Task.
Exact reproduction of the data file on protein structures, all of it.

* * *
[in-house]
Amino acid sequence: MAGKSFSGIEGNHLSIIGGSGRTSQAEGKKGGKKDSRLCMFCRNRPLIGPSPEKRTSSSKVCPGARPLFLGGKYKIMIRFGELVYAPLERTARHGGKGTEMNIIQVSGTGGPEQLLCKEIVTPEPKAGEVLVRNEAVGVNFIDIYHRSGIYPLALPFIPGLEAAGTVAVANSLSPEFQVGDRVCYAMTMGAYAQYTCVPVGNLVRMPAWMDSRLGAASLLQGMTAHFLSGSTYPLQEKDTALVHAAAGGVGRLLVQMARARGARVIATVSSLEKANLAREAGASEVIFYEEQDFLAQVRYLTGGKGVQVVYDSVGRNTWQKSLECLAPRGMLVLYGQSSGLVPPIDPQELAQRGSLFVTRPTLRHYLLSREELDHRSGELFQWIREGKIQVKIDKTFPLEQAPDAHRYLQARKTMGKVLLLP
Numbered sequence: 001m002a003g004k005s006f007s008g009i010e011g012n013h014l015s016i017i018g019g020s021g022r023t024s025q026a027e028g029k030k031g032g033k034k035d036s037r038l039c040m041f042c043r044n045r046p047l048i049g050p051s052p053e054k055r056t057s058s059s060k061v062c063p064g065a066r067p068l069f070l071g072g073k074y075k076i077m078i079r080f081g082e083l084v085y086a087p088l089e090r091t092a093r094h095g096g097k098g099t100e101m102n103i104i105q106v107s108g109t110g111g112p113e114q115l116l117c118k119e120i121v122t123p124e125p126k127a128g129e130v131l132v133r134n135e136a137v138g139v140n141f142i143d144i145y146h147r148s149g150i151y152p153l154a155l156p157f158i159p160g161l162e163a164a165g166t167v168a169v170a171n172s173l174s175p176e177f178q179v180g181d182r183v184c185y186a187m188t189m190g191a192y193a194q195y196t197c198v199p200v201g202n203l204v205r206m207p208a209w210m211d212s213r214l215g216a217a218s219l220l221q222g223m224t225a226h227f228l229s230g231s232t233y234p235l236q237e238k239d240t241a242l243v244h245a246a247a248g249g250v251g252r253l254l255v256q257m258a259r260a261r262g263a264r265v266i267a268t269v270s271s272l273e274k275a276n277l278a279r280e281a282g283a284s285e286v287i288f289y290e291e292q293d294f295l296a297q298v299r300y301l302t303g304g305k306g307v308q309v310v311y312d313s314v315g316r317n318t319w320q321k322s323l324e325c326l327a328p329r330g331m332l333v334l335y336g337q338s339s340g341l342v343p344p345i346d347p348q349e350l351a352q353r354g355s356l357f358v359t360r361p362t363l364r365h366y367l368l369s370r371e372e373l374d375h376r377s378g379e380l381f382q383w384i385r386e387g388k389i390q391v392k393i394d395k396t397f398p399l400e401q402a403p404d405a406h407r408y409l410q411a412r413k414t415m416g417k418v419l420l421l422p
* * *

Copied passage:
[in-house]
Amino acid sequence: MAGKSFSGIEGNHLSIIGGSGRTSQAEGKKGGKKDSRLCMFCRNRPLIGPSPEKRTSSSKVCPGARPLFLGGKYKIMIRFGELVYAPLERTARHGGKGTEMNIIQVSGTGGPEQLLCKEIVTPEPKAGEVLVRNEAVGVNFIDIYHRSGIYPLALPFIPGLEAAGTVAVANSLSPEFQVGDRVCYAMTMGAYAQYTCVPVGNLVRMPAWMDSRLGAASLLQGMTAHFLSGSTYPLQEKDTALVHAAAGGVGRLLVQMARARGARVIATVSSLEKANLAREAGASEVIFYEEQDFLAQVRYLTGGKGVQVVYDSVGRNTWQKSLECLAPRGMLVLYGQSSGLVPPIDPQELAQRGSLFVTRPTLRHYLLSREELDHRSGELFQWIREGKIQVKIDKTFPLEQAPDAHRYLQARKTMGKVLLLP
Numbered sequence: 001m002a003g004k005s006f007s008g009i010e011g012n013h014l015s016i017i018g019g020s021g022r023t024s025q026a027e028g029k030k031g032g033k034k035d036s037r038l039c040m041f042c043r044n045r046p047l048i049g050p051s052p053e054k055r056t057s058s059s060k061v062c063p064g065a066r067p068l069f070l071g072g073k074y075k076i077m078i079r080f081g082e083l084v085y086a087p088l089e090r091t092a093r094h095g096g097k098g099t100e101m102n103i104i105q106v107s108g109t110g111g112p113e114q115l116l117c118k119e120i121v122t123p124e125p126k127a128g129e130v131l132v133r134n135e136a137v138g139v140n141f142i143d144i145y146h147r148s149g150i151y152p153l154a155l156p157f158i159p160g161l162e163a164a165g166t167v168a169v170a171n172s173l174s175p176e177f178q179v180g181d182r183v184c185y186a187m188t189m190g191a192y193a194q195y196t197c198v199p200v201g202n203l204v205r206m207p208a209w210m211d212s213r214l215g216a217a218s219l220l221q222g223m224t225a226h227f228l229s230g231s232t233y234p235l236q237e238k239d240t241a242l243v244h245a246a247a248g249g250v251g252r253l254l255v256q257m258a259r260a261r262g263a264r265v266i267a268t269v270s271s272l273e274k275a276n277l278a279r280e281a282g283a284s285e286v287i288f289y290e291e292q293d294f295l296a297q298v299r300y301l302t303g304g305k306g307v308q309v310v311y312d313s314v315g316r317n318t319w320q321k322s323l324e325c326l327a328p329r330g331m332l333v334l335y336g337q338s339s340g341l342v343p344p345i346d347p348q349e350l351a352q353r354g355s356l357f358v359t360r361p362t363l364r365h366y367l368l369s370r371e372e373l374d375h376r377s378g379e380l381f382q383w384i385r386e387g388k389i390q391v392k393i394d395k396t397f398p399l400e401q402a403p404d405a406h407r408y409l410q411a412r413k414t415m416g417k418v419l420l421l422p